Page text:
09/05/2014 at 04:00 •
Earlier today, on September 4, 2014, I decided to conduct a science experiment using items no more than $300. The experiment was done to replace the ability to see colors for the ability to hear colors. And yes, if you’re as deep into the worlds of science and technology as much as I am, then you’d know this was already achieved by UK cyborg citizen Neil Harbisson.
Who is Neil Harbisson? Harbisson is, first and foremost, the first officially recognized cyborg in the world. Unfortunately, he was born with complete achromatopsia, which prevents him from seeing any colors other than those within the grayscale (shades of gray, with black and white). To help him transcend his condition, he engineered a cyborg antenna, known as the “Eyeborg,” and was able to convince an anonymous surgeon to surgically attach the antenna to the back of his head.
As a result, this antenna helps translate color frequencies, which are nothing more than the frequencies of electromagnetic waves, into sound frequencies. These sound frequencies can then be heard via bone conduction – the conduction of sound to the inner ear through the skull. Where most people see the difference in colors, Harbisson instead hears the difference. Which is why I’ve labeled this experiment of mine as the “Neil Harbisson Effect.”Read more »
08/24/2014 at 02:02 •
Whenever I watch sci-fi films, TV shows, etc., I always tend to over-think certain scenes or actions which catches my eye as being near unbelievable or unachievable. My thoughts go into how we can make them achievable, and thus believable to the mass populace. One in particular lately has been what is called a “mind meld” from the popular Star Trek series.
First off: is it believable? Well, under its current conditions of being a biological possibility, no. We can’t simply lay our hands on someone’s head and then link into their thoughts and/or memories. Not without assistance, at least. Which brings me to: is it achievable? To make something like this achievable, we’d first need to establish a link of sorts between two people. Preferably a mind>hand>mind connection.Read more »
08/24/2014 at 01:54 •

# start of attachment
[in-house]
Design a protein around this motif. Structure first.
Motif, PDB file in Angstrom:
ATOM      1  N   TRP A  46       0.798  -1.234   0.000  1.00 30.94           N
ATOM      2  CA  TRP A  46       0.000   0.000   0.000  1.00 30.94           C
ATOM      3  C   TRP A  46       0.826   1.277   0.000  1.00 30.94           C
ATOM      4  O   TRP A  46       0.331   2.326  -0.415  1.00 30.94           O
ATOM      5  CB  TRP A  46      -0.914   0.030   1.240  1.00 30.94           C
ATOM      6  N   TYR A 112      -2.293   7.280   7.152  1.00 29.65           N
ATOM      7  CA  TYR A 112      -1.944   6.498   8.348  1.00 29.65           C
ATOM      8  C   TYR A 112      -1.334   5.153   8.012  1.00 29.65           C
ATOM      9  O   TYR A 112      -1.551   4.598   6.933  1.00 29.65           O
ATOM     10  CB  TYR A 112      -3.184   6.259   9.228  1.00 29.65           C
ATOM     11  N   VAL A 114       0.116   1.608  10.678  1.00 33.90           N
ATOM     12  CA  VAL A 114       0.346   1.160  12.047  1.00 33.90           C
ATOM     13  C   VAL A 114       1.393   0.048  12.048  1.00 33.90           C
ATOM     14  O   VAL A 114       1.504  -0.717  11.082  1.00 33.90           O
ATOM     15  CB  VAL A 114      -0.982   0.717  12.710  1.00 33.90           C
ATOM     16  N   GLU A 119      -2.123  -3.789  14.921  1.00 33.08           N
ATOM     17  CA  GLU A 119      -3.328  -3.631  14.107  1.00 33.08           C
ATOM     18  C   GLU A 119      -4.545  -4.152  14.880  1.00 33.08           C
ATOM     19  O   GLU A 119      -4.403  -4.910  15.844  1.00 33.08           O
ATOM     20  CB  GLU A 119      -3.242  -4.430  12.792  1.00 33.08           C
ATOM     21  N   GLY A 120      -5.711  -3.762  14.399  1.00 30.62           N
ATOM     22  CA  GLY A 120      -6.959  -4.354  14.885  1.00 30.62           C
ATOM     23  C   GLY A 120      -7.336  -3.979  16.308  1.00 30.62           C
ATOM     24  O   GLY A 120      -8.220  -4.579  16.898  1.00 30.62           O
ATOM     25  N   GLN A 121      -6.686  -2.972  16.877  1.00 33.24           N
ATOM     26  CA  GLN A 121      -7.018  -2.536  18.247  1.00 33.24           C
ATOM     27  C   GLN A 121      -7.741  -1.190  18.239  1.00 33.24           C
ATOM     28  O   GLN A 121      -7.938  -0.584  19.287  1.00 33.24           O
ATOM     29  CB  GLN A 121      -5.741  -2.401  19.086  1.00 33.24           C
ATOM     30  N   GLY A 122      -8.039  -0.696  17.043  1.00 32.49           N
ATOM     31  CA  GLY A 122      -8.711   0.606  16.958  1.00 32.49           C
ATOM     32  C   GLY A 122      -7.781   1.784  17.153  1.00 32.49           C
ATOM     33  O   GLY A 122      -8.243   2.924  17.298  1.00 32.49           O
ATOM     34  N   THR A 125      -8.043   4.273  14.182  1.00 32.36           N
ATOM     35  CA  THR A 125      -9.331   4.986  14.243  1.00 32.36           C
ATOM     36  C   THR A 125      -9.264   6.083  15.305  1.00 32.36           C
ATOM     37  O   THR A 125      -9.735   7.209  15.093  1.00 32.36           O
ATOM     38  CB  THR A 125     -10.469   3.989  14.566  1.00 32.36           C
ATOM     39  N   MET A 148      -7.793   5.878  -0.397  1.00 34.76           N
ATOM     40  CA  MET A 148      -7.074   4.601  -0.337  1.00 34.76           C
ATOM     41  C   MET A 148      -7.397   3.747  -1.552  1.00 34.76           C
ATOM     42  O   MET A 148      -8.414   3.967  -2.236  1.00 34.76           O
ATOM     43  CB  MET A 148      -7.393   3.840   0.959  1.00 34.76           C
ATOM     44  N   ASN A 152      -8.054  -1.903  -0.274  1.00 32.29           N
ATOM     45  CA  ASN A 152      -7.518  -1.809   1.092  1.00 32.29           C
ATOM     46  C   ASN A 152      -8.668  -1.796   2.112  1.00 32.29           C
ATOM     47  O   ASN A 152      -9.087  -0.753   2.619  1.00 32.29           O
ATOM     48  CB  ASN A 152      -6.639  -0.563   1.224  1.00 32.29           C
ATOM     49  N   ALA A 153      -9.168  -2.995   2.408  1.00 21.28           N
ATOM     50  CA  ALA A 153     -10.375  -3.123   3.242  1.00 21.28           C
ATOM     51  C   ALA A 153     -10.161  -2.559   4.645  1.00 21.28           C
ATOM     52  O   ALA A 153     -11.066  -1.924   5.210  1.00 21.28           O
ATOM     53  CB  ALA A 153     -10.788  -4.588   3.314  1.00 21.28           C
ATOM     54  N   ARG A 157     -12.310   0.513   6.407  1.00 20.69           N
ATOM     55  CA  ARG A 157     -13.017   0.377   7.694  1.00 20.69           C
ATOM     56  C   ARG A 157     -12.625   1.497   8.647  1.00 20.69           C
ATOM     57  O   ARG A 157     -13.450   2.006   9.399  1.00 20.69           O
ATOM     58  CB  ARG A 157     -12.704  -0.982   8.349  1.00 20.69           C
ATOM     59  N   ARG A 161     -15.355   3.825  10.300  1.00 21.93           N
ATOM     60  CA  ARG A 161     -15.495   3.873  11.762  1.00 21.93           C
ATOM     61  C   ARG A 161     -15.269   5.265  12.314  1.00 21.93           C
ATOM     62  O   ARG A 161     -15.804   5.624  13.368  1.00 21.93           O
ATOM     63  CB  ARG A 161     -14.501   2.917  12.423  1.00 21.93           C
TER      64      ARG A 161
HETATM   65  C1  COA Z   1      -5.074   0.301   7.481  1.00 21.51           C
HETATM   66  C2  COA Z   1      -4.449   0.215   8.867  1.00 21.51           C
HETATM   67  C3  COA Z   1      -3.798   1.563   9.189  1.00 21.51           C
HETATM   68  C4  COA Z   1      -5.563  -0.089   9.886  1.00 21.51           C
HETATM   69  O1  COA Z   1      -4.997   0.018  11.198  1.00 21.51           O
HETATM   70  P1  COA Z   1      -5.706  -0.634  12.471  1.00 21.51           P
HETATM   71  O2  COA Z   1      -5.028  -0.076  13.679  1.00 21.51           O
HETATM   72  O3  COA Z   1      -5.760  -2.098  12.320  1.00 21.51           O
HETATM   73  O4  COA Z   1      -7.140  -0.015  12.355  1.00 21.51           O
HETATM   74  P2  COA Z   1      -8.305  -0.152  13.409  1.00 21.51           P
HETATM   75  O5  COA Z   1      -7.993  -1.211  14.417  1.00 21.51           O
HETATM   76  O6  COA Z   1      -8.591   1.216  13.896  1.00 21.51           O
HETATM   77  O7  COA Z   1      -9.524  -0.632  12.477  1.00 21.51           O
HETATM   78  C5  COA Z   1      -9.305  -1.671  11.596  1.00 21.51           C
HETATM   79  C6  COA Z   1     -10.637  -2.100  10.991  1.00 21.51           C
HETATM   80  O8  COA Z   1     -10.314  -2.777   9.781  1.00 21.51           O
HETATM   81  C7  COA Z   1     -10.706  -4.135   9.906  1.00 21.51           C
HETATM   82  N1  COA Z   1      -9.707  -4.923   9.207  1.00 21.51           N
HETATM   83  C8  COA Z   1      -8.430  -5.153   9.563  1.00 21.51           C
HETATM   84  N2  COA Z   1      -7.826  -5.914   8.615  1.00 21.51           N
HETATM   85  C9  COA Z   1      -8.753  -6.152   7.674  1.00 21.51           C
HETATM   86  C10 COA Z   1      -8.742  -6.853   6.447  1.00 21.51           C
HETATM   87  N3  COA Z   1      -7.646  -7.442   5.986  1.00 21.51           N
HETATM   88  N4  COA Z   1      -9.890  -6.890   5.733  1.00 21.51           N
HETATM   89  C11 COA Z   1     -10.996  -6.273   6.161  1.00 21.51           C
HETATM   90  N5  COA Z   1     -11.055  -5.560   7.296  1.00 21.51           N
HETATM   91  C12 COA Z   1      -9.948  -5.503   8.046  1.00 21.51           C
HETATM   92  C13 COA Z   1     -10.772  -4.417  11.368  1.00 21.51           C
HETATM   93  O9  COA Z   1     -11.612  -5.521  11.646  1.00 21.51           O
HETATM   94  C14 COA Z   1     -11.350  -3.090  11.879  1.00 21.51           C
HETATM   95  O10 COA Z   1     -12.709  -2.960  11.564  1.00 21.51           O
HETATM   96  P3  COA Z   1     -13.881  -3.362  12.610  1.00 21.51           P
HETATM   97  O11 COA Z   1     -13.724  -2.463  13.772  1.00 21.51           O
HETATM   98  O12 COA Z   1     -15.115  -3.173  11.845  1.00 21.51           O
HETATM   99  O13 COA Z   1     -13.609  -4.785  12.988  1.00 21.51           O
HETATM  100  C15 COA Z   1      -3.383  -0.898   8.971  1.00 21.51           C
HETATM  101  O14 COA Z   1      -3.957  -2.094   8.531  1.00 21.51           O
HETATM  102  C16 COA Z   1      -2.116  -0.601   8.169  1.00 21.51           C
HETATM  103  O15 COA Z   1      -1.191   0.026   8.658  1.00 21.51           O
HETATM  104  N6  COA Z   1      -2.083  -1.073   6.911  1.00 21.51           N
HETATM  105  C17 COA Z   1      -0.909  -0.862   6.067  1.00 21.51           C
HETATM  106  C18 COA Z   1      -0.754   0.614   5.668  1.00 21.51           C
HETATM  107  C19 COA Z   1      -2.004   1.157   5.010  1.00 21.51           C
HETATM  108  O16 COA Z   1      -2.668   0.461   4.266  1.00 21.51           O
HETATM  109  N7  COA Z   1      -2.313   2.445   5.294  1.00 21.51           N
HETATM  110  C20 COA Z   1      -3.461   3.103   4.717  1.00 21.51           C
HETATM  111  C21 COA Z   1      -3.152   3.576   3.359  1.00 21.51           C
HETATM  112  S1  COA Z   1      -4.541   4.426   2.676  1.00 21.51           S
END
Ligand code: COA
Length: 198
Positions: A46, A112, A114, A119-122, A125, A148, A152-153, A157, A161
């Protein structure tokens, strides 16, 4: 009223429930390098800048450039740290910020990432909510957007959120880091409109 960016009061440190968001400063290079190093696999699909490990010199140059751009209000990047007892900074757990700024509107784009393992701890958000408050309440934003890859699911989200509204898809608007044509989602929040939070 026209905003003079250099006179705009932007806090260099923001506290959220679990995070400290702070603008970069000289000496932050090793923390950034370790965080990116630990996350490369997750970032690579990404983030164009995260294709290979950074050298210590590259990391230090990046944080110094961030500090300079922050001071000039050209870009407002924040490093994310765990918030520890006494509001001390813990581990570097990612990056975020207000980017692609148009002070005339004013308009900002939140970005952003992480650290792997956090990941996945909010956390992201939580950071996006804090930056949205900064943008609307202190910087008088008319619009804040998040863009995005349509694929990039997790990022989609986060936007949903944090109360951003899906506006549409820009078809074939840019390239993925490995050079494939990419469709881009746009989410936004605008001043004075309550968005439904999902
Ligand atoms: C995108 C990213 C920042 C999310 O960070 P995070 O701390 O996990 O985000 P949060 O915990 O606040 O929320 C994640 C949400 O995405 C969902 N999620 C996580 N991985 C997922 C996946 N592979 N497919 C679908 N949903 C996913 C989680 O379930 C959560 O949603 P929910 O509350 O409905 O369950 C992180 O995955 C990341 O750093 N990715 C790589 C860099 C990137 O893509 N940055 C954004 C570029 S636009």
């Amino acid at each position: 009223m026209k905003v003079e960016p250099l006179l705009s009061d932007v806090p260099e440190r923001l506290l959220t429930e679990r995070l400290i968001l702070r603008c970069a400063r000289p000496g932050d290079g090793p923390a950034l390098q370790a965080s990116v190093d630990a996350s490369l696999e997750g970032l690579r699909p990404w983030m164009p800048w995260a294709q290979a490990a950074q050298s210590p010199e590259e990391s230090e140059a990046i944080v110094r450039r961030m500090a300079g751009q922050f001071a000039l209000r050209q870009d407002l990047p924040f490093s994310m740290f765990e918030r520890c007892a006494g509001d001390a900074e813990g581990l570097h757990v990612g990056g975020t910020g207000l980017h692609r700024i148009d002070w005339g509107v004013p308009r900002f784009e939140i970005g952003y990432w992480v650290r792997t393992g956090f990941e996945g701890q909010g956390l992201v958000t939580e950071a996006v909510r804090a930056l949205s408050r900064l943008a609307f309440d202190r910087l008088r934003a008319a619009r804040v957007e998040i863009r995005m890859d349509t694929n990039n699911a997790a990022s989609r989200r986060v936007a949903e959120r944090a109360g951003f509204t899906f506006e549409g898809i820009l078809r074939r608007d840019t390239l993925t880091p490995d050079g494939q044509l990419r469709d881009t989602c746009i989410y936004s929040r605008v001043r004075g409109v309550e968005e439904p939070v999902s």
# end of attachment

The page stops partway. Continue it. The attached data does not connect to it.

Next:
I’m not sure if any of the developers using the prototype Google Glass devices have devised this idea yet or not, but it’s been going through my head constantly the last few days. I wish I had one so I can figure out its programming. But the idea is in coupling two of the most revolutionary techs of this decade into a single service: Google Glass and 3D Printing – “Glass Printing”, essentially.
The software would operate as an input/output service, in which you’d use your Google Glass device to take a picture of whatever throughout your day-to-day activities that you’d want a 3D replica of. To do this, the software would require at least 4 photos – one in the front, left side, backside, and right side. You can go higher, however, to increase the efficiency of your replica’s smooth texture. These pictures that you’d send to the app would then be modeled via 3D rendering process.
Once the 3D rendering is complete and you’re satisfied with how it looks, which you can check using your Glass device easily, you then press “Print” and the 3D render will be sent to your 3D printer at home and turn into a physical 3D model, ready for you whenever you come home.
This could come in handy for everyone. It wouldn’t be limited to any single individual’s bias or desires. And once 3D printing tech gets better, and is able to handle larger designs, with a vast array of materials, the possibilities of this coupling of two revolutionary techs would be limitless. Say you loved a specific car’s design that was parked near you – take a few photos and press “Print”. Maybe a sculpture you really liked in a museum? Anything, really! Whatever your heart desires and your Glass device captures.
Glass Printing – mobile 3D printing whenever, wherever.